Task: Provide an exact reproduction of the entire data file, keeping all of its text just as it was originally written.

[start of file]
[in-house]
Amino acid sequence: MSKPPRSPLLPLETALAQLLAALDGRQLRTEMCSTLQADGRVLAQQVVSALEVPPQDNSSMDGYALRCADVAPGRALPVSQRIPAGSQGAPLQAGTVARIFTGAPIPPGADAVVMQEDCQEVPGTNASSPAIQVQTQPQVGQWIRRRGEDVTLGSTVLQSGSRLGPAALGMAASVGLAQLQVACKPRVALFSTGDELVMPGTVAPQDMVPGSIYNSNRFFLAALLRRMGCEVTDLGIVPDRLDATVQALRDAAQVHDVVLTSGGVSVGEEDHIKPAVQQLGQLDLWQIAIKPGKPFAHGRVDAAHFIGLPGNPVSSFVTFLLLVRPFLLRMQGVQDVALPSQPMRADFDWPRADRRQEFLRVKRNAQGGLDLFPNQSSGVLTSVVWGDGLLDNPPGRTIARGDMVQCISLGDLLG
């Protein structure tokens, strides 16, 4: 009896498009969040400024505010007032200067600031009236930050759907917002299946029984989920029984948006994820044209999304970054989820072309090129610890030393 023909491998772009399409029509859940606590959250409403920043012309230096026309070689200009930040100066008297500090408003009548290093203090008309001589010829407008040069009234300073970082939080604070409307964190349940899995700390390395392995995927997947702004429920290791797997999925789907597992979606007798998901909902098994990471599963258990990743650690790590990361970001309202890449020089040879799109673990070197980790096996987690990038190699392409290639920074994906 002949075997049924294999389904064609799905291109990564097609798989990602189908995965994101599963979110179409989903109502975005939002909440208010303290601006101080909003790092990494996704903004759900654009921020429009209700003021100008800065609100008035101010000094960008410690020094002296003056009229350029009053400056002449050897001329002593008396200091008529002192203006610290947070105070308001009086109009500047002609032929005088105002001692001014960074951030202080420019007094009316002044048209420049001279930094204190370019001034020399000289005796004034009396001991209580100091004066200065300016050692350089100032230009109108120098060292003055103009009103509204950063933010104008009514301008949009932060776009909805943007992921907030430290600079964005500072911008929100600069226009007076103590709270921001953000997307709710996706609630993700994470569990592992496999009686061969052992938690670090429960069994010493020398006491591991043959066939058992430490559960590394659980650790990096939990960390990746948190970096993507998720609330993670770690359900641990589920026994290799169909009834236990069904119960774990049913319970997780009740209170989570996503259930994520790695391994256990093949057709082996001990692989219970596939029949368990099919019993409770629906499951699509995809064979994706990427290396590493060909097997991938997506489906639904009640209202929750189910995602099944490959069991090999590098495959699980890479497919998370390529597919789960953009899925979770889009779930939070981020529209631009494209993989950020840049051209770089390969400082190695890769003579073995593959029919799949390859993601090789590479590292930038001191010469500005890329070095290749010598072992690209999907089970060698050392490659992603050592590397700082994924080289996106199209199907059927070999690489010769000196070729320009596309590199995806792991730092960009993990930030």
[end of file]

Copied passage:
[in-house]
Amino acid sequence: MSKPPRSPLLPLETALAQLLAALDGRQLRTEMCSTLQADGRVLAQQVVSALEVPPQDNSSMDGYALRCADVAPGRALPVSQRIPAGSQGAPLQAGTVARIFTGAPIPPGADAVVMQEDCQEVPGTNASSPAIQVQTQPQVGQWIRRRGEDVTLGSTVLQSGSRLGPAALGMAASVGLAQLQVACKPRVALFSTGDELVMPGTVAPQDMVPGSIYNSNRFFLAALLRRMGCEVTDLGIVPDRLDATVQALRDAAQVHDVVLTSGGVSVGEEDHIKPAVQQLGQLDLWQIAIKPGKPFAHGRVDAAHFIGLPGNPVSSFVTFLLLVRPFLLRMQGVQDVALPSQPMRADFDWPRADRRQEFLRVKRNAQGGLDLFPNQSSGVLTSVVWGDGLLDNPPGRTIARGDMVQCISLGDLLG
């Protein structure tokens, strides 16, 4: 009896498009969040400024505010007032200067600031009236930050759907917002299946029984989920029984948006994820044209999304970054989820072309090129610890030393 023909491998772009399409029509859940606590959250409403920043012309230096026309070689200009930040100066008297500090408003009548290093203090008309001589010829407008040069009234300073970082939080604070409307964190349940899995700390390395392995995927997947702004429920290791797997999925789907597992979606007798998901909902098994990471599963258990990743650690790590990361970001309202890449020089040879799109673990070197980790096996987690990038190699392409290639920074994906 002949075997049924294999389904064609799905291109990564097609798989990602189908995965994101599963979110179409989903109502975005939002909440208010303290601006101080909003790092990494996704903004759900654009921020429009209700003021100008800065609100008035101010000094960008410690020094002296003056009229350029009053400056002449050897001329002593008396200091008529002192203006610290947070105070308001009086109009500047002609032929005088105002001692001014960074951030202080420019007094009316002044048209420049001279930094204190370019001034020399000289005796004034009396001991209580100091004066200065300016050692350089100032230009109108120098060292003055103009009103509204950063933010104008009514301008949009932060776009909805943007992921907030430290600079964005500072911008929100600069226009007076103590709270921001953000997307709710996706609630993700994470569990592992496999009686061969052992938690670090429960069994010493020398006491591991043959066939058992430490559960590394659980650790990096939990960390990746948190970096993507998720609330993670770690359900641990589920026994290799169909009834236990069904119960774990049913319970997780009740209170989570996503259930994520790695391994256990093949057709082996001990692989219970596939029949368990099919019993409770629906499951699509995809064979994706990427290396590493060909097997991938997506489906639904009640209202929750189910995602099944490959069991090999590098495959699980890479497919998370390529597919789960953009899925979770889009779930939070981020529209631009494209993989950020840049051209770089390969400082190695890769003579073995593959029919799949390859993601090789590479590292930038001191010469500005890329070095290749010598072992690209999907089970060698050392490659992603050592590397700082994924080289996106199209199907059927070999690489010769000196070729320009596309590199995806792991730092960009993990930030």